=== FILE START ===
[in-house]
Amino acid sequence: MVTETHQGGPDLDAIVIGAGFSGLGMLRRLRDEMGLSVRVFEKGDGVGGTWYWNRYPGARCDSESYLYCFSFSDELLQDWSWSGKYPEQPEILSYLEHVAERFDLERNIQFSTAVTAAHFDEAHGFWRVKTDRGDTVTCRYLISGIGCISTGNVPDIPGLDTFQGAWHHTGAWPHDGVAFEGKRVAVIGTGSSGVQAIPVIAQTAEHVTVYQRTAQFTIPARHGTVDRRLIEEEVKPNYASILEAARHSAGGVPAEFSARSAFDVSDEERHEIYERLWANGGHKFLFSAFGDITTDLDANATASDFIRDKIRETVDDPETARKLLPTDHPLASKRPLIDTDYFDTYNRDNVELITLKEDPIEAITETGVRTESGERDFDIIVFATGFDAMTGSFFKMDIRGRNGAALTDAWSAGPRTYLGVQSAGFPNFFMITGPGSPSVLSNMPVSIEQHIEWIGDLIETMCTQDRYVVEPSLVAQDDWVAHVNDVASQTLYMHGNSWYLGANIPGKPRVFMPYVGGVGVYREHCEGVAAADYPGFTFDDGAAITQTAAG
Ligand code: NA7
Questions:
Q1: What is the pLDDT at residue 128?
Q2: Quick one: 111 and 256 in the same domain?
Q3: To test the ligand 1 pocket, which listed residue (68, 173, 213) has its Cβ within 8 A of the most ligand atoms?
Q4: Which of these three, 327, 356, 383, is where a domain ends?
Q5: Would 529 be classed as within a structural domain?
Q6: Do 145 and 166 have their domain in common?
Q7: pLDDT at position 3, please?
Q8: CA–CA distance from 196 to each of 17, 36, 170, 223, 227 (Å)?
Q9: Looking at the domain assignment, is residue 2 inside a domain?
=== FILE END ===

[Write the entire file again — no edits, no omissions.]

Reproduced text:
[in-house]
Amino acid sequence: MVTETHQGGPDLDAIVIGAGFSGLGMLRRLRDEMGLSVRVFEKGDGVGGTWYWNRYPGARCDSESYLYCFSFSDELLQDWSWSGKYPEQPEILSYLEHVAERFDLERNIQFSTAVTAAHFDEAHGFWRVKTDRGDTVTCRYLISGIGCISTGNVPDIPGLDTFQGAWHHTGAWPHDGVAFEGKRVAVIGTGSSGVQAIPVIAQTAEHVTVYQRTAQFTIPARHGTVDRRLIEEEVKPNYASILEAARHSAGGVPAEFSARSAFDVSDEERHEIYERLWANGGHKFLFSAFGDITTDLDANATASDFIRDKIRETVDDPETARKLLPTDHPLASKRPLIDTDYFDTYNRDNVELITLKEDPIEAITETGVRTESGERDFDIIVFATGFDAMTGSFFKMDIRGRNGAALTDAWSAGPRTYLGVQSAGFPNFFMITGPGSPSVLSNMPVSIEQHIEWIGDLIETMCTQDRYVVEPSLVAQDDWVAHVNDVASQTLYMHGNSWYLGANIPGKPRVFMPYVGGVGVYREHCEGVAAADYPGFTFDDGAAITQTAAG
Ligand code: NA7
Questions:
Q1: What is the pLDDT at residue 128?
Q2: Quick one: 111 and 256 in the same domain?
Q3: To test the ligand 1 pocket, which listed residue (68, 173, 213) has its Cβ within 8 A of the most ligand atoms?
Q4: Which of these three, 327, 356, 383, is where a domain ends?
Q5: Would 529 be classed as within a structural domain?
Q6: Do 145 and 166 have their domain in common?
Q7: pLDDT at position 3, please?
Q8: CA–CA distance from 196 to each of 17, 36, 170, 223, 227 (Å)?
Q9: Looking at the domain assignment, is residue 2 inside a domain?